PSNH's Mr. Cavanaugh also points to the management change. This is the first month on the job for William B. Derrickson. PSNH has hired Mr. Derrickson, who was named ''Construction Man of the Year'' by Engineering News Record for setting an industry standard by completing a nuclear power plant in six years. The company is counting on his 14 years of nuclear construction experience to shave several million off the $9 billion figure.
Although PSNH might not agree with his reasons, Kirk Stone believes there is a positive side to the Seabrook situation.
From his tiny backroom office above the Merrimack County Savings Bank in Concord, N.H., he says, ''We don't have a $9 billion problem yet. We now have a
''We want people to start thinking about the problem and working on solutions. What are alternative energy sources? And what effect will rate shock have on property taxes? How will schools, town halls, libraries pay for the increased electric rates? What effect is this going to have on business in New Hampshire?'' says Mr. Stone, the only paid staff of the Campaign for Ratepayers Rights.
The group has been called ''informational terrorists'' by PSNH. Last week, the ratepayers group released a study which predicts 14,700 jobs will be lost by 1989 due to rate hikes to cover the cost of Seabrook. The study, by Union Associates of New York, figures higher electricity costs will stymie growth and force industry closings.
This being an election year in New Hampshire, the study is fodder for would-be governors. Democratic aspirant Chris Spirou is backing a move to call the state Legislature back into session to ''prevent the imposition of (Seabrook's) huge costs'' on consumers. Last week, 155 of the state's 224 towns considered the nonbinding warrant. At press time, an unofficial tally showed 47 favoring the warrant and 42 either rejecting, tabling, or amending it.
Aside from Seabrook's costs, the question of the plant's necessity has long been bantered about. Some consider conservation, paper-mill cogeneration, and local hydropower to be viable alternatives to each 1,150-megawatt Seabrook unit.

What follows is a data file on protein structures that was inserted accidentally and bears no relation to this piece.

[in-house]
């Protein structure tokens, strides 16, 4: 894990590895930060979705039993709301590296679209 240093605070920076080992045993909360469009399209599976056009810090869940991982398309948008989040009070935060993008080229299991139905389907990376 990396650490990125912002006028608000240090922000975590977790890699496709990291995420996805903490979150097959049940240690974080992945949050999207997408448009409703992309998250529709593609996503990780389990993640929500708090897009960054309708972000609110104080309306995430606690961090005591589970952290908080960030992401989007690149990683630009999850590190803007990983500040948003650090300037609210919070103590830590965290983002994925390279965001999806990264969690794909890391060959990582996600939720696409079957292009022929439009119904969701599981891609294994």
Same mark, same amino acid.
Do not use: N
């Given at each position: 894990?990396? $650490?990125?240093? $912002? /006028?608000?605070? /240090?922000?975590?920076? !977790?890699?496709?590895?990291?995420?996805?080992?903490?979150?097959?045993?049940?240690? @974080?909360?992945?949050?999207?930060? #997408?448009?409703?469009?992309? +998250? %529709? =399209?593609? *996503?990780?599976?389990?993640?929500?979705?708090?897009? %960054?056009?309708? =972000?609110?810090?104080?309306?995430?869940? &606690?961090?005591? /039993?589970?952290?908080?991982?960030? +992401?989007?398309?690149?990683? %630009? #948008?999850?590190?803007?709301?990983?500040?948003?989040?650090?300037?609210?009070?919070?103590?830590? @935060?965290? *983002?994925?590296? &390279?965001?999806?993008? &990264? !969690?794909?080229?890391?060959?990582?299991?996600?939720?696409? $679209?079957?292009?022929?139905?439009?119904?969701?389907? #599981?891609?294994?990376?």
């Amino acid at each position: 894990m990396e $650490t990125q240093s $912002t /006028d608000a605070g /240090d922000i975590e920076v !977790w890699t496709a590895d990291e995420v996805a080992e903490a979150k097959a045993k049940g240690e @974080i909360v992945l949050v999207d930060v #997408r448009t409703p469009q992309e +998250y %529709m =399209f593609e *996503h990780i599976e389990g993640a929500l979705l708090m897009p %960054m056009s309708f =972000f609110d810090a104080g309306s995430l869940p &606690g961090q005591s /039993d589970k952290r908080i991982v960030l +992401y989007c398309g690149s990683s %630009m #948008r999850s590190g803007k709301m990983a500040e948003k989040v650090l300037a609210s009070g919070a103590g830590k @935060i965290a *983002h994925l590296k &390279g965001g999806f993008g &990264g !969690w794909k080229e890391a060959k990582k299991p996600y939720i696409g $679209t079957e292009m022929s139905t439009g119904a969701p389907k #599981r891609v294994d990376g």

As if the debate over necessity and economics were not complex enough, another factor must now be tossed into the equation: Canadian electricity.
Just over a week ago, Vermont secured an agreement for 150 megawatts of power from Hydro-Quebec. It will supply roughly one-fifth of Vermont's electricity needs at three to four cents per kilowatt hour. (Seabrook electricity is estimated at 12 to 22 cents per kilowatt hour.) The deal is significant because it is the first time Hydro-Quebec has agreed to ''firm'' (around-the-clock) electricity.
This has been a long March for PSNH, and the trek is not over yet.
The next joint-owners meeting is March 30. The latest cost estimates have caused the utilities to take a hard look at Unit I, which PSNH says is 73 percent complete. But that figure is based on man-hours, not financing.
Approximately $2 billion has been spent on Unit I, and the cost to complete it is given as $4.4 billion. That means it is less than half finished, say critics. Some utilities believe the final cost will reach $6 billion. ''That would make it the most expensive nuclear plant in the world,'' says Foy.